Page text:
Important new research from Norway has been published by a team which includes EASO VP, Northern Region Joran Hjelmeseth. We are pleased to speak with Joran Hjelmeseth about the Osberg study.
Regarding the acronym Oseberg (Obesity surgery in Tønsberg), Dag Hofsø, the first author, and Joren Hjelmeseth, chose this acronym because the Oseberg ship is a Norwegian famous Viking ship which was discovered at the Oseberg farm near Tønsberg.
Please tell us about your exciting new publication in Lancet Diabetes and Endocrinology: This publication reports the primary results from our Oseberg study. Senior researcher PhD Dag Hofsø at the Morbid Obesity Centre, Vestfold Hospital Trust, was the first of us to acknowledge the need for a study comparing the effects of the two most common bariatric procedures on remission of diabetes, and he wrote the initial draft and completed the protocol in 2012. He has also been leading our large research team during the 6-year study period. The study is ongoing with at least 5-year follow-up. Dag will also be attending the Obesity Week.
The Oseberg study provides the first evidence from a triple-blind, randomised controlled trial that gastric bypass is superior to sleeve gastrectomy regarding remission of diabetes as a primary outcome. Before the start of this study (2013) no randomised trial had compared the efficacy of gastric bypass and sleeve gastrectomy on remission of diabetes as a primary outcome. However, one landmark trial (STAMPEDE) reported 1-year remission of diabetes as a secondary endpoint with no significant differences between groups in 2012.
This research is important for people with type II diabetes and may have an impact on patient selection of surgical intervention.
Yes, our finding of a substantially greater effect of gastric bypass on remission of type 2 (not II) diabetes (3 out of 4 patients) than sleeve gastrectomy (2 out of 4 patients) might have important individual and societal implications. However, it is necessary to investigate whether these differences will remain significant after longer-term follow-up. We will do that (5-year follow-up).
What has the response been to the research so far?
The publication was accompanied by a comment by professor Paul O`Brien from Australia. He wrote that “Substantial and durable weight loss can lead to remission of type 2 diabetes for some individuals who are overweight or obese, with huge potential health benefits. In The Lancet Diabetes & Endocrinology, Dag Hofsø and colleagues report results from the Oseberg study, which take us an important step closer to realising this potential.” , and he concluded that “Comparison of gastric bypass with other surgical options will be valuable, but the difference between the two most common bariatric procedures has now been shown.”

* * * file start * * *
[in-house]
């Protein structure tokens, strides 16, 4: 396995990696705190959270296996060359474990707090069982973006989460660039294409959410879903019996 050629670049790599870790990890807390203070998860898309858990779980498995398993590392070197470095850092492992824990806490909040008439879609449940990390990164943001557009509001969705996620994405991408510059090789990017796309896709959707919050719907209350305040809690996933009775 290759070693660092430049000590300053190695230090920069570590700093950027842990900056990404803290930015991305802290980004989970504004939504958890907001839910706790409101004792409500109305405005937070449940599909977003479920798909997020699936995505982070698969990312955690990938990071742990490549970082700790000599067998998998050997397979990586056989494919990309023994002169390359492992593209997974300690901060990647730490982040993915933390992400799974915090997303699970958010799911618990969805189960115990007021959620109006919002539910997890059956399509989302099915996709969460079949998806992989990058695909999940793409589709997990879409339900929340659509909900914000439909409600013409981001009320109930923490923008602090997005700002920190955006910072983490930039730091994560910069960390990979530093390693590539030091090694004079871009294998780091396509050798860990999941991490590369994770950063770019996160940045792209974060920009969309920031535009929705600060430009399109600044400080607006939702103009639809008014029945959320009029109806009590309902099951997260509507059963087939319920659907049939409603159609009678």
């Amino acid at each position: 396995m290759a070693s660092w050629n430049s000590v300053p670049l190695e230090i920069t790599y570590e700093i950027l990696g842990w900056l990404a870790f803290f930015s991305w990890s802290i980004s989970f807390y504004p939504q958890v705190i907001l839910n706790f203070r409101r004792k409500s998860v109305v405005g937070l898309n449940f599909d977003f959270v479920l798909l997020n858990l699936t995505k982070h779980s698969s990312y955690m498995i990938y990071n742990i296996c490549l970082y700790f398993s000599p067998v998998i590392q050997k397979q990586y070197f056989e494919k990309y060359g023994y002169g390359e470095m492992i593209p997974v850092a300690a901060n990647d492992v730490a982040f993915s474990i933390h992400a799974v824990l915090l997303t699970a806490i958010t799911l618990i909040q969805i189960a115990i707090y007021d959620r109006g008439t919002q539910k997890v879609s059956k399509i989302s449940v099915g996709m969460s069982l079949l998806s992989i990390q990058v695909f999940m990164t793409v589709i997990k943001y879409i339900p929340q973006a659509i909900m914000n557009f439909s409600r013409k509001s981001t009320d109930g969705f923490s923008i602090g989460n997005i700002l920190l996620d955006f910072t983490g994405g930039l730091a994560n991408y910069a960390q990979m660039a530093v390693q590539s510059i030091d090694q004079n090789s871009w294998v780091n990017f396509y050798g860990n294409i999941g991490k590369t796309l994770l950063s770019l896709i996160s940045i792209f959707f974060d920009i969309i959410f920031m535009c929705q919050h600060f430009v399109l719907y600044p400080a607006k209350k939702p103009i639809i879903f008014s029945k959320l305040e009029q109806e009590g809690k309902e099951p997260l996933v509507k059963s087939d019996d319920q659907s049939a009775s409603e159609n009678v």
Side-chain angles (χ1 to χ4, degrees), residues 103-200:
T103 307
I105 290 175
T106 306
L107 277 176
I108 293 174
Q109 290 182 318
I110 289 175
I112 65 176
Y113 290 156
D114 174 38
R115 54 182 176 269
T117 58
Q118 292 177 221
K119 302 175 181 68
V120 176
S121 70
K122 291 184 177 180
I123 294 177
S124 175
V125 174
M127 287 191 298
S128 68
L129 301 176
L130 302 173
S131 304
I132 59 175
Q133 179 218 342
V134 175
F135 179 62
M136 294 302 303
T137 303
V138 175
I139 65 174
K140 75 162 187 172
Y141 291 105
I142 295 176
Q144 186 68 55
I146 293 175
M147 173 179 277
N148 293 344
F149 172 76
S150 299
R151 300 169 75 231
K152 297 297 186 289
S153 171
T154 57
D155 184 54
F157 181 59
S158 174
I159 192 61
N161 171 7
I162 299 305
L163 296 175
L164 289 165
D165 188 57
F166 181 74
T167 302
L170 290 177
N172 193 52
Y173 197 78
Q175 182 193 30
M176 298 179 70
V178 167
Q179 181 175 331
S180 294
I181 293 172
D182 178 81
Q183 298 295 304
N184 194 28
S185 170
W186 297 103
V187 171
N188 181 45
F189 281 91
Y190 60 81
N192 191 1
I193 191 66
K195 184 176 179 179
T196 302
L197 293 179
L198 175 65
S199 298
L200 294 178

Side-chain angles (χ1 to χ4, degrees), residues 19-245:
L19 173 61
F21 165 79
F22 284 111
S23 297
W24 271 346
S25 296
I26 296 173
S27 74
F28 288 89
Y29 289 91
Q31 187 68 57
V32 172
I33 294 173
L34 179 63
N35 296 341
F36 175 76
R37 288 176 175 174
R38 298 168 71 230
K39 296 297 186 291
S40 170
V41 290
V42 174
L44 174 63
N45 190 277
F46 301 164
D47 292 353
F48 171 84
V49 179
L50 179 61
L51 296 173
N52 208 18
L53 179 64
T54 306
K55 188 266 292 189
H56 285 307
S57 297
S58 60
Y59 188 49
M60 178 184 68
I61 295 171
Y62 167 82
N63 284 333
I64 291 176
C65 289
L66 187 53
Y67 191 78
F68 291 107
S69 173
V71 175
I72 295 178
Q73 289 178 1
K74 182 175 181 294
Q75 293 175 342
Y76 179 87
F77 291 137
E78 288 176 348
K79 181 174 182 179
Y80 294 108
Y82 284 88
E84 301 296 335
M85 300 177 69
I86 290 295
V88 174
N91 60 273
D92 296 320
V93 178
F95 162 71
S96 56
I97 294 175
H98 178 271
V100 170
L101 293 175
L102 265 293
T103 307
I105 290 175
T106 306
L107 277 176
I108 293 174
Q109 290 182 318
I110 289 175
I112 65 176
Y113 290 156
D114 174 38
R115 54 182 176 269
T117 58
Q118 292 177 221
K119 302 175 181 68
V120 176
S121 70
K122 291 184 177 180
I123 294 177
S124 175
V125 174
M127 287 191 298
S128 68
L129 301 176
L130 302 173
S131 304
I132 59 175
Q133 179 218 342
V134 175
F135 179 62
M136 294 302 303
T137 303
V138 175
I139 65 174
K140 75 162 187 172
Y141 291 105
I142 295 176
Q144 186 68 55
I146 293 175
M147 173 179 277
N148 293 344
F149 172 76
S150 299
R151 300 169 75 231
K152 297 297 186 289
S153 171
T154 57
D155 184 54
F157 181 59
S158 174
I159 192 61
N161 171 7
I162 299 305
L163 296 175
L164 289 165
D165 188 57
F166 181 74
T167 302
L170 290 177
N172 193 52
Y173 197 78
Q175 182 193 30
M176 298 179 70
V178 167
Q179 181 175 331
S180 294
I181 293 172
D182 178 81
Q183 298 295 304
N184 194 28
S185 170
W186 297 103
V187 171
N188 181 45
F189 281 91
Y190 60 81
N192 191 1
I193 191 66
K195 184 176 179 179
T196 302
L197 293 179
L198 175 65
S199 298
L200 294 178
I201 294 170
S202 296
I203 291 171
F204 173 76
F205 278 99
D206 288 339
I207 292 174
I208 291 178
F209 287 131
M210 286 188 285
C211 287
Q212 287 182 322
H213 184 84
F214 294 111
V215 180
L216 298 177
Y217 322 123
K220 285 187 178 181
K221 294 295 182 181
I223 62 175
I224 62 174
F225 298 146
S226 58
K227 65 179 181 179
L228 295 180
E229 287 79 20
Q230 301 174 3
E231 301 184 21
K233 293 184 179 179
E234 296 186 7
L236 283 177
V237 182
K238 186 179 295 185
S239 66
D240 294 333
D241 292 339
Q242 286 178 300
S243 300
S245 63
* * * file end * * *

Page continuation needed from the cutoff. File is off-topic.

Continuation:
In this PDF you will find the patient flow and the major findings.
We will present other important results from Oseberg and other studies in Las Vegas at Obesity Week 2019. Most importantly, our PhD candidate Jolanta Lorentzen will present the 1-year data on gastroesophagal reflux disease in the Oseberg-study (Top 10 paper session ASMBS). Jens Kristoffer Hertel, Head of Research in Tønsberg, will also have an oral presentation in TOS.
About the author: Jøran Hjelmesæth is a board-approved specialist in Internal Medicine and Nephrology and the Head of the Morbid Obesity Centre, Vestfold Hospital Trust – designated a Collaborating center for Obesity Management by the European Association for the Study of Obesity. He is also a Professor of Medicine at the Department of Endocrinology, Morbid Obesity and Preventive Medicine, Institute of Clinical Medicine, University of Oslo, Norway.
Hjelmesæth has published approximately150 papers in the fields of obesity, diabetes, cardiovascular disease and bariatric surgery.
Hjelmesæth is also the current leader of the Norwegian Nutrition Council, a SCOPE European Fellow, International Association for the Study of Obesity, former President of the Norwegian Association for the Study of Obesity, and Honourable Member of the Norwegian Association for the Study of Obesity.